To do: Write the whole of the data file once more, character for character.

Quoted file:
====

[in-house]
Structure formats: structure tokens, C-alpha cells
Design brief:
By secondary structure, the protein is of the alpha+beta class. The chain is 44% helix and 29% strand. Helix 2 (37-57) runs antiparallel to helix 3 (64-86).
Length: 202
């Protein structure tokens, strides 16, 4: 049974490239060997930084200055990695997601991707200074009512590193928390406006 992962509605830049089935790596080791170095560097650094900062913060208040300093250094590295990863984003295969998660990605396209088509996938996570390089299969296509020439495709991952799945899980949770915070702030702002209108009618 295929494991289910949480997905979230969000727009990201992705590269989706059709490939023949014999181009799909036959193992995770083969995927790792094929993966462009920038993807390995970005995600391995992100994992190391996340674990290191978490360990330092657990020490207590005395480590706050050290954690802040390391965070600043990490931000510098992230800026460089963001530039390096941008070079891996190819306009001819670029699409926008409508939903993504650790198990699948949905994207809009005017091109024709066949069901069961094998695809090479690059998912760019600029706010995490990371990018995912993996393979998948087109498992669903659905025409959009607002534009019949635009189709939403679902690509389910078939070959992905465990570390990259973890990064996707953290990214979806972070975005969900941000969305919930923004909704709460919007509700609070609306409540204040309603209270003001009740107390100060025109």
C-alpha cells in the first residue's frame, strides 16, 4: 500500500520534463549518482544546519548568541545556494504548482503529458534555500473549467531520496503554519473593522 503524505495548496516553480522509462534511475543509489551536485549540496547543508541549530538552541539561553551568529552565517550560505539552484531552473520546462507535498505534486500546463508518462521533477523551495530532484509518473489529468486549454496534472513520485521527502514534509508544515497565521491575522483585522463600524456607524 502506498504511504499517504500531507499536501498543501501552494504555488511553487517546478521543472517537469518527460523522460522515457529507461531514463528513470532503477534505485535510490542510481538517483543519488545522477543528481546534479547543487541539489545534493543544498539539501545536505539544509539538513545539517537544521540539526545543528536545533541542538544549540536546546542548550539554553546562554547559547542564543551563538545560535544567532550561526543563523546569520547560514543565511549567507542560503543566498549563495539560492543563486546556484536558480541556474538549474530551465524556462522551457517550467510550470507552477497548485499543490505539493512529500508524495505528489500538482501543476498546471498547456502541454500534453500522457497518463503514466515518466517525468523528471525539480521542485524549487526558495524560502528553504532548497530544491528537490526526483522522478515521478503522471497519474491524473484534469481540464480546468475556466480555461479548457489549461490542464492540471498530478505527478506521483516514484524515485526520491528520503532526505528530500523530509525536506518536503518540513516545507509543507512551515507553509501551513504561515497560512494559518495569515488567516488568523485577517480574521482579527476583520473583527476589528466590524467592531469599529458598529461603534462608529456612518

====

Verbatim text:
[in-house]
Structure formats: structure tokens, C-alpha cells
Design brief:
By secondary structure, the protein is of the alpha+beta class. The chain is 44% helix and 29% strand. Helix 2 (37-57) runs antiparallel to helix 3 (64-86).
Length: 202
């Protein structure tokens, strides 16, 4: 049974490239060997930084200055990695997601991707200074009512590193928390406006 992962509605830049089935790596080791170095560097650094900062913060208040300093250094590295990863984003295969998660990605396209088509996938996570390089299969296509020439495709991952799945899980949770915070702030702002209108009618 295929494991289910949480997905979230969000727009990201992705590269989706059709490939023949014999181009799909036959193992995770083969995927790792094929993966462009920038993807390995970005995600391995992100994992190391996340674990290191978490360990330092657990020490207590005395480590706050050290954690802040390391965070600043990490931000510098992230800026460089963001530039390096941008070079891996190819306009001819670029699409926008409508939903993504650790198990699948949905994207809009005017091109024709066949069901069961094998695809090479690059998912760019600029706010995490990371990018995912993996393979998948087109498992669903659905025409959009607002534009019949635009189709939403679902690509389910078939070959992905465990570390990259973890990064996707953290990214979806972070975005969900941000969305919930923004909704709460919007509700609070609306409540204040309603209270003001009740107390100060025109």
C-alpha cells in the first residue's frame, strides 16, 4: 500500500520534463549518482544546519548568541545556494504548482503529458534555500473549467531520496503554519473593522 503524505495548496516553480522509462534511475543509489551536485549540496547543508541549530538552541539561553551568529552565517550560505539552484531552473520546462507535498505534486500546463508518462521533477523551495530532484509518473489529468486549454496534472513520485521527502514534509508544515497565521491575522483585522463600524456607524 502506498504511504499517504500531507499536501498543501501552494504555488511553487517546478521543472517537469518527460523522460522515457529507461531514463528513470532503477534505485535510490542510481538517483543519488545522477543528481546534479547543487541539489545534493543544498539539501545536505539544509539538513545539517537544521540539526545543528536545533541542538544549540536546546542548550539554553546562554547559547542564543551563538545560535544567532550561526543563523546569520547560514543565511549567507542560503543566498549563495539560492543563486546556484536558480541556474538549474530551465524556462522551457517550467510550470507552477497548485499543490505539493512529500508524495505528489500538482501543476498546471498547456502541454500534453500522457497518463503514466515518466517525468523528471525539480521542485524549487526558495524560502528553504532548497530544491528537490526526483522522478515521478503522471497519474491524473484534469481540464480546468475556466480555461479548457489549461490542464492540471498530478505527478506521483516514484524515485526520491528520503532526505528530500523530509525536506518536503518540513516545507509543507512551515507553509501551513504561515497560512494559518495569515488567516488568523485577517480574521482579527476583520473583527476589528466590524467592531469599529458598529461603534462608529456612518